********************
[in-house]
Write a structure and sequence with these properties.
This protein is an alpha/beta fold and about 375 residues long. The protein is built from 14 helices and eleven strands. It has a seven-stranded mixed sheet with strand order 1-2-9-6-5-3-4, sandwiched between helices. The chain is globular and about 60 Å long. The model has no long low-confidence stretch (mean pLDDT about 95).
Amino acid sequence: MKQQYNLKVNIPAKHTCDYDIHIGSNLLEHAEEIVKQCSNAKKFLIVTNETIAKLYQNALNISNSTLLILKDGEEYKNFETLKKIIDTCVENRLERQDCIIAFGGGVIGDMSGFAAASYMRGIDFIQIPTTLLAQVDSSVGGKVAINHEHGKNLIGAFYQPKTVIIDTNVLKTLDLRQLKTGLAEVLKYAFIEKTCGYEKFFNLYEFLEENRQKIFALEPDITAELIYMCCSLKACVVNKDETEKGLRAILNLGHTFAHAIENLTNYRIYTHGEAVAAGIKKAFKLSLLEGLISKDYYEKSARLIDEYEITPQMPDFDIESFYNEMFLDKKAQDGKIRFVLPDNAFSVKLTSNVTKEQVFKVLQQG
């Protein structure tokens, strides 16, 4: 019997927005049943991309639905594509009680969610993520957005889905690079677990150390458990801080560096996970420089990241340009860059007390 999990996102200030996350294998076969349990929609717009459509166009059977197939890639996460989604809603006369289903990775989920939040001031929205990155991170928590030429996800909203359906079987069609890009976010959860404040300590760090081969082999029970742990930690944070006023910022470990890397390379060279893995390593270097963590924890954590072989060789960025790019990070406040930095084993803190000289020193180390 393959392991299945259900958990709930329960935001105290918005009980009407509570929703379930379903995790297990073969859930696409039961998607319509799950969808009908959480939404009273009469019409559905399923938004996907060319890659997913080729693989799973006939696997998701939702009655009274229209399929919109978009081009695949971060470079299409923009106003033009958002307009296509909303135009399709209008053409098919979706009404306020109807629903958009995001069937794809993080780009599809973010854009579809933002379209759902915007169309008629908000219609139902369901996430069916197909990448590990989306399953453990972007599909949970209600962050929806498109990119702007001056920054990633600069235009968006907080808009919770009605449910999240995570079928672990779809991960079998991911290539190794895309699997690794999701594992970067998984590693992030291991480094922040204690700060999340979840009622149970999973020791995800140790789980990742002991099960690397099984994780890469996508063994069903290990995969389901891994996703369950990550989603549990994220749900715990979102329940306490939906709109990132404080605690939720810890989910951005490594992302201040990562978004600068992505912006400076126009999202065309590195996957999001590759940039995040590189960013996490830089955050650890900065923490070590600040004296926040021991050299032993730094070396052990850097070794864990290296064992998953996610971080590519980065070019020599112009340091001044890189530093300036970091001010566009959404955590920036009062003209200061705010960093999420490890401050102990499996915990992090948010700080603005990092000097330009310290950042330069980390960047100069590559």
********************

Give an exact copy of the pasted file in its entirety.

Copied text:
[in-house]
Write a structure and sequence with these properties.
This protein is an alpha/beta fold and about 375 residues long. The protein is built from 14 helices and eleven strands. It has a seven-stranded mixed sheet with strand order 1-2-9-6-5-3-4, sandwiched between helices. The chain is globular and about 60 Å long. The model has no long low-confidence stretch (mean pLDDT about 95).
Amino acid sequence: MKQQYNLKVNIPAKHTCDYDIHIGSNLLEHAEEIVKQCSNAKKFLIVTNETIAKLYQNALNISNSTLLILKDGEEYKNFETLKKIIDTCVENRLERQDCIIAFGGGVIGDMSGFAAASYMRGIDFIQIPTTLLAQVDSSVGGKVAINHEHGKNLIGAFYQPKTVIIDTNVLKTLDLRQLKTGLAEVLKYAFIEKTCGYEKFFNLYEFLEENRQKIFALEPDITAELIYMCCSLKACVVNKDETEKGLRAILNLGHTFAHAIENLTNYRIYTHGEAVAAGIKKAFKLSLLEGLISKDYYEKSARLIDEYEITPQMPDFDIESFYNEMFLDKKAQDGKIRFVLPDNAFSVKLTSNVTKEQVFKVLQQG
């Protein structure tokens, strides 16, 4: 019997927005049943991309639905594509009680969610993520957005889905690079677990150390458990801080560096996970420089990241340009860059007390 999990996102200030996350294998076969349990929609717009459509166009059977197939890639996460989604809603006369289903990775989920939040001031929205990155991170928590030429996800909203359906079987069609890009976010959860404040300590760090081969082999029970742990930690944070006023910022470990890397390379060279893995390593270097963590924890954590072989060789960025790019990070406040930095084993803190000289020193180390 393959392991299945259900958990709930329960935001105290918005009980009407509570929703379930379903995790297990073969859930696409039961998607319509799950969808009908959480939404009273009469019409559905399923938004996907060319890659997913080729693989799973006939696997998701939702009655009274229209399929919109978009081009695949971060470079299409923009106003033009958002307009296509909303135009399709209008053409098919979706009404306020109807629903958009995001069937794809993080780009599809973010854009579809933002379209759902915007169309008629908000219609139902369901996430069916197909990448590990989306399953453990972007599909949970209600962050929806498109990119702007001056920054990633600069235009968006907080808009919770009605449910999240995570079928672990779809991960079998991911290539190794895309699997690794999701594992970067998984590693992030291991480094922040204690700060999340979840009622149970999973020791995800140790789980990742002991099960690397099984994780890469996508063994069903290990995969389901891994996703369950990550989603549990994220749900715990979102329940306490939906709109990132404080605690939720810890989910951005490594992302201040990562978004600068992505912006400076126009999202065309590195996957999001590759940039995040590189960013996490830089955050650890900065923490070590600040004296926040021991050299032993730094070396052990850097070794864990290296064992998953996610971080590519980065070019020599112009340091001044890189530093300036970091001010566009959404955590920036009062003209200061705010960093999420490890401050102990499996915990992090948010700080603005990092000097330009310290950042330069980390960047100069590559």